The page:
(17) In BFGC Architects Planners, Inc. v. Forcum/Mackey Construction, Inc., supra, 119 Cal.App.4th 848, 850, 14 Cal.Rptr.3d 721, a school district entered into a contract with an architect to prepare architectural drawings for and to supervise construction of a high school. The district also entered into contracts with general contractors for the site phase and construction phase. ( Ibid.) The district sued the architect for breach of contract and professional negligence resulting from delay costs incurred by one of the general contractors due to alleged design defects. ( Id. at pp. 850-851.) The architect sued the general contractors for negligence, equitable indemnity, apportionment of fault/contribution, and declaratory relief. ( Id. at p. 851.) The trial court sustained the general contractors' demurrers to the architect's equitable indemnity claim ( id. at p. 851) and a panel of this court affirmed ( id. at p. 854). We explained, "[a]lthough the body of law defining and applying principles of equitable indemnity has not fully gelled but is still evolving, one thing is clear: The doctrine applies only among defendants who are jointly and severally liable to the plaintiff. [Citation.] As plaintiff maintains, joint and several liability in the context of equitable indemnity is fairly expansive. . . . [¶] One factor is necessary, however. With limited exception, there must be some basis for tort liability against the proposed indemnitor. [Citation.] Generally, it is based on a duty owed to the underlying plaintiff [citations], although vicarious liability [citation] and strict liability [citation] also may sustain application of equitable indemnity. In addition, implied contractual indemnity between the indemnitor and the indemnitee can provide a basis for equitable indemnity. [Citation.] But neither vicarious or strict liability nor implied contractual indemnity are alleged or exist here. Thus, we are left with the requirement that defendants owed a duty to district." ( Id. at p. 852.)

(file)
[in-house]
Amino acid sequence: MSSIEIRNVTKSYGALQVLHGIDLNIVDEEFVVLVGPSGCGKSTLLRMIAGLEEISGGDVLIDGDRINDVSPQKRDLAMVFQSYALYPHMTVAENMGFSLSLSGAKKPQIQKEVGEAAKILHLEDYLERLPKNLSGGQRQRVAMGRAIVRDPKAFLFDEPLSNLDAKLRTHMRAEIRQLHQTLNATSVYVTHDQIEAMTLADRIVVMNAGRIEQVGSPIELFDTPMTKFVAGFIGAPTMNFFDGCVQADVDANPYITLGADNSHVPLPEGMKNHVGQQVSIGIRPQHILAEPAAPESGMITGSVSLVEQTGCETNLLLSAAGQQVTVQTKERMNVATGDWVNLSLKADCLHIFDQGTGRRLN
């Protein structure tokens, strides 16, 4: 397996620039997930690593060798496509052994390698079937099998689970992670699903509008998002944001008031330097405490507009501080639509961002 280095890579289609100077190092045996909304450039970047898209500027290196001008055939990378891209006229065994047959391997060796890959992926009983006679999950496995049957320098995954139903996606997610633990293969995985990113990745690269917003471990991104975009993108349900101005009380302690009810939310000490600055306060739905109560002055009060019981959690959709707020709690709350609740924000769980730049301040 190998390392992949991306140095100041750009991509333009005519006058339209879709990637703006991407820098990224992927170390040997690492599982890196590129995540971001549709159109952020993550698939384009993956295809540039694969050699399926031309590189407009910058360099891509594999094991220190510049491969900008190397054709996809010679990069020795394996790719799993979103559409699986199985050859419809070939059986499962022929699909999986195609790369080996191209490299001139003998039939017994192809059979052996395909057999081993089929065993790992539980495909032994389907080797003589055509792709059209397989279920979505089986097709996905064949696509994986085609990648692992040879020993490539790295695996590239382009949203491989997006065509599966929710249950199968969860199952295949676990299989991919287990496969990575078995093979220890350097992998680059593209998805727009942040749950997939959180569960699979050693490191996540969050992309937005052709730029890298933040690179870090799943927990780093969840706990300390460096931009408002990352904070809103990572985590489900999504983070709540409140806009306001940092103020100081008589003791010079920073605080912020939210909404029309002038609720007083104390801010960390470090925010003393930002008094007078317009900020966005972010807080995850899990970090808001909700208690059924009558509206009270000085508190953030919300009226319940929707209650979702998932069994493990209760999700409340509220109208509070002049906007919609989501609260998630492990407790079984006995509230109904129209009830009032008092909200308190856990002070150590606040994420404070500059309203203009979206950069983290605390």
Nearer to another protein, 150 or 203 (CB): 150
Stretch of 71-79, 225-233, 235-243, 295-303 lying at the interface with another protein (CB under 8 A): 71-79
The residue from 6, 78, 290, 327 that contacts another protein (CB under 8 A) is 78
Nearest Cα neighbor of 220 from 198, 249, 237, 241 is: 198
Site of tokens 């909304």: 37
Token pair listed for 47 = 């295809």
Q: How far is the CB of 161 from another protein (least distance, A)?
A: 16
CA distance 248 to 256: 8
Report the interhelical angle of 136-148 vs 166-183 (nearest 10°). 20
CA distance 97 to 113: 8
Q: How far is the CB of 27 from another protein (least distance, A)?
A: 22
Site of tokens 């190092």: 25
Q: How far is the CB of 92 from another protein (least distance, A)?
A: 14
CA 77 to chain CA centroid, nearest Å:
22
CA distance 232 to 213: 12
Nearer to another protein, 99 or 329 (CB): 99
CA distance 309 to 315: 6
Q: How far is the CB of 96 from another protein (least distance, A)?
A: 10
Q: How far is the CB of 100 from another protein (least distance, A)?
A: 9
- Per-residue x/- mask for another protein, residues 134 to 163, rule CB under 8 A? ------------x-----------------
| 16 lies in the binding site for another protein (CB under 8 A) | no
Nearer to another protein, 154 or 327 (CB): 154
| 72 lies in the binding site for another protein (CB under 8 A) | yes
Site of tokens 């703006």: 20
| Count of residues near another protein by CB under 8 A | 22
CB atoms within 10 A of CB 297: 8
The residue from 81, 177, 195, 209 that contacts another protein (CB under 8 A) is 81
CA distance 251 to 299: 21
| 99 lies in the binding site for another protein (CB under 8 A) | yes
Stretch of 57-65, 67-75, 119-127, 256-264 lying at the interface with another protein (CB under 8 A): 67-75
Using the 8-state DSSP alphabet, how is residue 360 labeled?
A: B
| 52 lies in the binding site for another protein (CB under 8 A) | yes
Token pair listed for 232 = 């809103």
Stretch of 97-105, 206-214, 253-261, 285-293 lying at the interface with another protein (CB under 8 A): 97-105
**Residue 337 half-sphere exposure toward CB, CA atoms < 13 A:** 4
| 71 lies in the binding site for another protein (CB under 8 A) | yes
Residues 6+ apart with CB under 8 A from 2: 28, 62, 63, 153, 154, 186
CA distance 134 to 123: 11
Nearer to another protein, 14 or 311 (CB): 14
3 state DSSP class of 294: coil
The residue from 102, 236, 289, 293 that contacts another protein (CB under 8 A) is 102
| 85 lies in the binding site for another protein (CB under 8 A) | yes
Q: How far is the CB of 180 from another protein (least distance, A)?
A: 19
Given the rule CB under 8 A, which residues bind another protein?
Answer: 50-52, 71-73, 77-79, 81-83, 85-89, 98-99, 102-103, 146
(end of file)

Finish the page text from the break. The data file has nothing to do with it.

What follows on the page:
We ordered the parties to be prepared to discuss at oral argument the impact of BFGC Architects Planners, Inc. v. Forcum/Mackey Construction, Inc., supra, 119 Cal.App.4th 848 on this appeal. Counsel for the parties addressed the applicability of BFGC Architects Planners, Inc., at oral argument, and agreed no further briefing was necessary.
Our case does not involve vicarious liability, strict liability, or any form of contractual indemnity. As discussed above, there is no duty on a general negligence theory owed by Randle or Owen to the Weseloh plaintiffs. Therefore, Wessel's equitable indemnity claim fails. The trial court properly granted summary judgment as to this claim and denied Wessel's motion for new trial on this issue.
DISPOSITIONThe judgment and postjudgment order are affirmed. Respondents to recover their costs on appeal.
Rylaarsdam, Acting P.J., and Moore, J., concurred.
A petition for a rehearing was denied January 19, 2005, and the petition of appellants Weseloh Family Limited Partnership et al., for review by the Supreme Court was denied March 23, 2005.